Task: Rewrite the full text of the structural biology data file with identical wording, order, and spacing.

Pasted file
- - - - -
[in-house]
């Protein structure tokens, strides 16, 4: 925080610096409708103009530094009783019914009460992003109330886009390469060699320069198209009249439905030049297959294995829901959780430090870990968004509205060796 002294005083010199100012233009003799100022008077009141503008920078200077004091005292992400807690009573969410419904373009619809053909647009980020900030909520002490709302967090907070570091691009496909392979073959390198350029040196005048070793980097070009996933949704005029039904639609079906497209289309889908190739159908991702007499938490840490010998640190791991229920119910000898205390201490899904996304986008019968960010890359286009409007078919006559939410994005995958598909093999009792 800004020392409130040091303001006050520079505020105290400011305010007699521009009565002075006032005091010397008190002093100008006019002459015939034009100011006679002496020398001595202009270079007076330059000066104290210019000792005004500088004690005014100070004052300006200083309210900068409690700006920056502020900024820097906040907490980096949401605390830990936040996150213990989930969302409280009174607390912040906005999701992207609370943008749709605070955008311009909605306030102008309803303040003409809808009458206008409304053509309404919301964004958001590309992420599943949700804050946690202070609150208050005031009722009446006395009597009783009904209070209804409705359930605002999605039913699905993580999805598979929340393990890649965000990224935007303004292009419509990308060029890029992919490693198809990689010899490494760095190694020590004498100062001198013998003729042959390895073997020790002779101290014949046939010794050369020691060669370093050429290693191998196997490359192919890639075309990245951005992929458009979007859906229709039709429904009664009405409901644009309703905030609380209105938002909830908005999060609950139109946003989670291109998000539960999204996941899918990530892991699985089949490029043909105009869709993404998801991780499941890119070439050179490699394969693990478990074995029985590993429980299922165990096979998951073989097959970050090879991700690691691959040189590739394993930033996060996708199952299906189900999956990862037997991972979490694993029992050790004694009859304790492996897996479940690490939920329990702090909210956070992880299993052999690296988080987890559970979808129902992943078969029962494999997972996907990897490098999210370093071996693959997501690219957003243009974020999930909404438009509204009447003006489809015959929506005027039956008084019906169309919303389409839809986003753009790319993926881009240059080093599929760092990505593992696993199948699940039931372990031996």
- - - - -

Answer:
[in-house]
């Protein structure tokens, strides 16, 4: 925080610096409708103009530094009783019914009460992003109330886009390469060699320069198209009249439905030049297959294995829901959780430090870990968004509205060796 002294005083010199100012233009003799100022008077009141503008920078200077004091005292992400807690009573969410419904373009619809053909647009980020900030909520002490709302967090907070570091691009496909392979073959390198350029040196005048070793980097070009996933949704005029039904639609079906497209289309889908190739159908991702007499938490840490010998640190791991229920119910000898205390201490899904996304986008019968960010890359286009409007078919006559939410994005995958598909093999009792 800004020392409130040091303001006050520079505020105290400011305010007699521009009565002075006032005091010397008190002093100008006019002459015939034009100011006679002496020398001595202009270079007076330059000066104290210019000792005004500088004690005014100070004052300006200083309210900068409690700006920056502020900024820097906040907490980096949401605390830990936040996150213990989930969302409280009174607390912040906005999701992207609370943008749709605070955008311009909605306030102008309803303040003409809808009458206008409304053509309404919301964004958001590309992420599943949700804050946690202070609150208050005031009722009446006395009597009783009904209070209804409705359930605002999605039913699905993580999805598979929340393990890649965000990224935007303004292009419509990308060029890029992919490693198809990689010899490494760095190694020590004498100062001198013998003729042959390895073997020790002779101290014949046939010794050369020691060669370093050429290693191998196997490359192919890639075309990245951005992929458009979007859906229709039709429904009664009405409901644009309703905030609380209105938002909830908005999060609950139109946003989670291109998000539960999204996941899918990530892991699985089949490029043909105009869709993404998801991780499941890119070439050179490699394969693990478990074995029985590993429980299922165990096979998951073989097959970050090879991700690691691959040189590739394993930033996060996708199952299906189900999956990862037997991972979490694993029992050790004694009859304790492996897996479940690490939920329990702090909210956070992880299993052999690296988080987890559970979808129902992943078969029962494999997972996907990897490098999210370093071996693959997501690219957003243009974020999930909404438009509204009447003006489809015959929506005027039956008084019906169309919303389409839809986003753009790319993926881009240059080093599929760092990505593992696993199948699940039931372990031996």